Photographer captures extremely rare "aurora curls": how they form in the Earth's atmosphere
In the night sky over Iceland, a very rare phenomenon was recorded, which scientists conventionally call "aurora curls". The green "aurora curls" are the result of large waves vibrating in the Earth's magnetic field and were caused by solar particles crashing into our planet.
Geoff Dye, an astrophotographer and member of The World at Night (TWAN) project, noticed a zigzagging light show over Kerid, a crater lake in southern Iceland. How the "aurora curls" are formed and what makes the phenomenon unique, Live Science told.
The aurora occurs when high-energy particles from the Sun bypass the Earth's magnetic field or magnetosphere and activate gas molecules, resulting in the emission of colored light.
But the aurorae are a rare, almost unique phenomenon. This is the so-called highly organized version of these lights caused by massive ripples in the magnetosphere known as ultra-low frequency waves (ULF). The cause of the magnetic jolts is called solar radiation bursts. The solar wind seems to collide with the Earth's protective shield and can cause the atmosphere to "ring like a guitar string."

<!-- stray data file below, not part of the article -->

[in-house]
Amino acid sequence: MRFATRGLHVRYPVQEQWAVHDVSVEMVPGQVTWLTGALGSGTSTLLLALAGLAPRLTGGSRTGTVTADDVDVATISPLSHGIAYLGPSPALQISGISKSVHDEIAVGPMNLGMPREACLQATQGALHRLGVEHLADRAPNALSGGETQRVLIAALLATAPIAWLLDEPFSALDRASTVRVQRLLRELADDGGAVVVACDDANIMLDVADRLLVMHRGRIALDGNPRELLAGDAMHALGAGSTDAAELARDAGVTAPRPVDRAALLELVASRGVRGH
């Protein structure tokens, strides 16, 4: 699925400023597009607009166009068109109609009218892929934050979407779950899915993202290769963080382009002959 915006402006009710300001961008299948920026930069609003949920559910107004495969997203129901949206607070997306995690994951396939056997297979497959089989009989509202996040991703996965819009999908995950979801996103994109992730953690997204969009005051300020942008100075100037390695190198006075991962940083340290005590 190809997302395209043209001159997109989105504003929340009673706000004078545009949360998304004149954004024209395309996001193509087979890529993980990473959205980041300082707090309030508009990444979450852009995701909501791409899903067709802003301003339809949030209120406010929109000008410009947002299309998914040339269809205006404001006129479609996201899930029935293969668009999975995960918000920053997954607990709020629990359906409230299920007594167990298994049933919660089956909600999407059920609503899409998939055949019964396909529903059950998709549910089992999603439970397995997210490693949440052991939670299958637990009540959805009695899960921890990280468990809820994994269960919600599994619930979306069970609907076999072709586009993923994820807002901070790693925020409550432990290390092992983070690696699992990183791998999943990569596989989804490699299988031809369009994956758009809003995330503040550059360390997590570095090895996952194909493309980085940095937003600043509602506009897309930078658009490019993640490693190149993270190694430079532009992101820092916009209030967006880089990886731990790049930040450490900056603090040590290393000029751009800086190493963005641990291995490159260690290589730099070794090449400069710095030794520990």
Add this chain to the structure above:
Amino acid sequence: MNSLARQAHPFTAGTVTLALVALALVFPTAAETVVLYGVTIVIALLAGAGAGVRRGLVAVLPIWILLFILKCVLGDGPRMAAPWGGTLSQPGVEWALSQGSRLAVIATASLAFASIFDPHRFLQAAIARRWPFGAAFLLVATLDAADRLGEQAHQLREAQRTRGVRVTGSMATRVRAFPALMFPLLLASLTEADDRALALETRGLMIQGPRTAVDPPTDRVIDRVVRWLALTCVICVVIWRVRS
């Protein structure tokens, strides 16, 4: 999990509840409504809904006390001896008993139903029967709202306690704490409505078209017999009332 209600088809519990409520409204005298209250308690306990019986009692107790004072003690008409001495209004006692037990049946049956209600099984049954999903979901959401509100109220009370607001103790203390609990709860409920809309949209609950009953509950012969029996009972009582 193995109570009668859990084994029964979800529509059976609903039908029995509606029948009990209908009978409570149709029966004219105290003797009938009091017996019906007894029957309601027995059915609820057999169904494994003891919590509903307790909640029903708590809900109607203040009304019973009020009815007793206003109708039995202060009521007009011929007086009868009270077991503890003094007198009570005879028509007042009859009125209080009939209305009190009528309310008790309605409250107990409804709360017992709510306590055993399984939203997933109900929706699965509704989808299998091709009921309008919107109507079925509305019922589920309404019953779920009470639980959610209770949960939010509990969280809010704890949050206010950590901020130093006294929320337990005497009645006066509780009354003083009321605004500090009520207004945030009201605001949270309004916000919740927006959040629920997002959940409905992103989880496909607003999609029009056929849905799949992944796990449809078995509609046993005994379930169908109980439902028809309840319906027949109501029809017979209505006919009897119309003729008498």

Usually ULF waves are invisible and can only be detected with high-tech instruments tuned to the upper atmosphere. The astrophotographer managed to capture a unique band of light that took the form of waves.
Xing-Yu Li, an expert on ULF waves at Peking University, also resorted to comparing the magnetic field to a guitar string. There are several types of ULF waves, which can be divided into two main groups: pulsating irregular (Pi) waves, which have irregular wavelengths; and pulsating continuous (Pc) waves.
It is not entirely clear which type of waves created the aurora borealis swirls - scientific equipment did not pick up the magnetic jolts. Li suggested that the magnetic pulsations had a wavelength of about 1 km.
Auroras and ULF waves are more likely to occur during periods of high solar activity.